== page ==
Aaron Rodgers contract details: Why Jets QB took a pay cut, restructured deal after trade to New York

Green is the theme for Aaron Rodgers.

The four-time MVP traded shades of green this offseason, heading from Green Bay to New York after a long, arduous separation from his former team.

As was the case when Rodgers rumors first started, his contract was reported to be something of a “roadblock” for an acquiring team, with a hefty $60 million number due for 2023. While that figure was a little bit smoke-and-mirrors, Rodgers’ future money was not.

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Soon after Rodgers was traded to the Jets, reports broke that he would sign a reworked deal that was deemed team-friendly. It took some months to get it done, but Rodgers did put pen to paper on a new deal — and he gave up a fair amount of green in the process.

Here’s what to know about Rodgers’ new deal, and why he took a pay cut to help the Jets out:

Aaron Rodgers contract details

On Aug. 1, Aaron Rodgers signed a new, two-year, $75 million deal. Somewhat surprisingly, Rodgers took a pay cut: He was originally due $110 million guaranteed on his prior deal, meaning he took a $35 million pay cut with his new contract (more on that below).

Here’s how his numbers break down over the duration of the contract, per Spotrac:

Year Base Salary Cap hit 2023 $1,838,888 $8,888,888 2024 $3,161,112 $17,161,112 2025 $37,500,000 $51,500,000 2026 VOID VOID 2027 VOID VOID 2028 VOID VOID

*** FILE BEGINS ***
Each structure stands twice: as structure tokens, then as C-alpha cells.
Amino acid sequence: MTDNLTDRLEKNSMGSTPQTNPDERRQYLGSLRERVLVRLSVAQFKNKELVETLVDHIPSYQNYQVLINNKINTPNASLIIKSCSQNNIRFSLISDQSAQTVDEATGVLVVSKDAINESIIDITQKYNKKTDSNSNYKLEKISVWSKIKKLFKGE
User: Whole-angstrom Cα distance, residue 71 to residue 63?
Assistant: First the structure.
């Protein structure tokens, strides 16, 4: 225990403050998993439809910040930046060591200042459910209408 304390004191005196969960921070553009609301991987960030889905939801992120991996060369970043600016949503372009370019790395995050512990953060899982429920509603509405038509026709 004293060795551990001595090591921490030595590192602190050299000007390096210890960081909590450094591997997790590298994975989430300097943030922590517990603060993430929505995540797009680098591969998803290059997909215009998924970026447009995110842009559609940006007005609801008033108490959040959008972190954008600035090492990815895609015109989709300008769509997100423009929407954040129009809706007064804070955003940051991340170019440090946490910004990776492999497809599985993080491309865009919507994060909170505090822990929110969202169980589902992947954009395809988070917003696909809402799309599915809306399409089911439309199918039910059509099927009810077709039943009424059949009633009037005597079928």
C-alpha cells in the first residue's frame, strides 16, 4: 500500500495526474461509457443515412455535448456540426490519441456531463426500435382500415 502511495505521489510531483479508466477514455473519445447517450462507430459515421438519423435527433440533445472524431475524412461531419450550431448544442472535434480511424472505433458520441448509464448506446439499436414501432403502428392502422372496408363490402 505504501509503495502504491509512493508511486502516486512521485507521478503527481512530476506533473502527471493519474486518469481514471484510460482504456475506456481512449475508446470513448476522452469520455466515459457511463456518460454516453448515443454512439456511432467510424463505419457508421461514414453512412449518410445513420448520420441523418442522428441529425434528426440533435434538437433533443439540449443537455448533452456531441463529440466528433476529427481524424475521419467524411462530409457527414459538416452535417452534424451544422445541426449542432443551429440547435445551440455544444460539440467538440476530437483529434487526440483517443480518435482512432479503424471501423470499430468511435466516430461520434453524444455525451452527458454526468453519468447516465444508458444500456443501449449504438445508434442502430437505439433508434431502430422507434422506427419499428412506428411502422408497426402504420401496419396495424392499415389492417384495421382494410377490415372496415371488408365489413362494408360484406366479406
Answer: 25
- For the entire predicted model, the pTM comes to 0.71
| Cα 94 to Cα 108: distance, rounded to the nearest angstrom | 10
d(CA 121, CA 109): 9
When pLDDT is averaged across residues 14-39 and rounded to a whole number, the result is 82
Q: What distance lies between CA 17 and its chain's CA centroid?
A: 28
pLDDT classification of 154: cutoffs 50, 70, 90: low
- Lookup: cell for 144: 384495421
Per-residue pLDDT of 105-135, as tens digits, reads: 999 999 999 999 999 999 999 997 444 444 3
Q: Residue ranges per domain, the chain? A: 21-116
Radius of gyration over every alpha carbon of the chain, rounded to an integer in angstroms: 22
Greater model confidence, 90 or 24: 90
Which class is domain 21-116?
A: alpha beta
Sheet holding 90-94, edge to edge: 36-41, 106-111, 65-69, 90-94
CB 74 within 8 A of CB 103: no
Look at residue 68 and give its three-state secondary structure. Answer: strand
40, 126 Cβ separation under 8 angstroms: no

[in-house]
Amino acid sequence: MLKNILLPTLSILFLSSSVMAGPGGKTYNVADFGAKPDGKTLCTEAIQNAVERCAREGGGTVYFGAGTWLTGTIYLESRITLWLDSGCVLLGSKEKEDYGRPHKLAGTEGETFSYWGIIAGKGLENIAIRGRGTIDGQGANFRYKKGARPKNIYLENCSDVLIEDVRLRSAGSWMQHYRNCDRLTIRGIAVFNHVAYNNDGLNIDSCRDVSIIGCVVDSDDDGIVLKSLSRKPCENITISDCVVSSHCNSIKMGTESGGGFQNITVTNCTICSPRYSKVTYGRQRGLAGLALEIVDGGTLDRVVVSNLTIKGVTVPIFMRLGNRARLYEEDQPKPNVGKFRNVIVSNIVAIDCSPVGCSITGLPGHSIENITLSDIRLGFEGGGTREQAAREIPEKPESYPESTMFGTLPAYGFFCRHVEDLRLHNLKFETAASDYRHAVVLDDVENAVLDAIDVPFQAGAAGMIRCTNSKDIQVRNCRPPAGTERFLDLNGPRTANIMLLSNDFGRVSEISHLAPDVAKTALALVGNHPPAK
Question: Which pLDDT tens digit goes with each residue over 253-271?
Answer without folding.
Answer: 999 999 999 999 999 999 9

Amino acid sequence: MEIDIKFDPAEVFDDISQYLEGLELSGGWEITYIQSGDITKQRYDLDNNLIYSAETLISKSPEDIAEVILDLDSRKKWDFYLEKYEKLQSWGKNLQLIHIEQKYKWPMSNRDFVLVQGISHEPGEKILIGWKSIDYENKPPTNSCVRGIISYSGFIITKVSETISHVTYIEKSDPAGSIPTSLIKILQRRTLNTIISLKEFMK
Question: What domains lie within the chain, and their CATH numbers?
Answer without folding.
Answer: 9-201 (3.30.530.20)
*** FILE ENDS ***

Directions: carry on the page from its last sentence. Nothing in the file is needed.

If you’re confused as to where Rodgers is getting his $75 million in guarantees from, it comes from his signing bonus. While he gets that money up front, the remainder of the guarantee against the Jets’ cap in void years between 2026 and 2028.

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Originally, Rodgers’ cap number for 2024 sat at just about $107 million, but that was negotiated to just $17,161,112 after the new deal was signed.

Why did Aaron Rodgers take a pay cut?

As far as why Rodgers took a pay cut, it was essentially for the betterment of the team.

When asked about inking the new deal, Rodgers said it was a win for all parties involved.

“(The deal is) a win-win-win for everybody,” Rodgers said in August. “A win for me — I get paid a ton of money. A win for the team — we get a low cap number and deferred some cash. A win for other guys that we can bring in and sign. I have no complaints. I’m not missing it at all. …

“The team gave up significant pieces for it to just be a one-year deal,” Rodgers said, via ESPN. “I’m aware of that. … Anything could happen with my body or the success we have this year, but I’m having a blast, so I really don’t see this as a one-year-and-done thing.”

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Rodgers and the Jets almost immediately made good on the pay cut, with the team signing free agent running back Dalvin Cook with some of the savings from the Rodgers pay cut. Thanks in part to Corey Davis’ unexpected retirement, the team still has some Rodgers savings — enough to make a splash for a player in a trade before the deadline, if needed.

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“Big names move at the trade deadline now,” Rodgers said to NBC Sports’ Peter King. “I wanted to make sure that if somebody valuable came available that we’d be able to get him. I’m very happy with the contract. I feel great about it.”

That could mean that a big name could be on the move to the Jets — something that seemed unthinkable prior to Rodgers’ arrival in New York.

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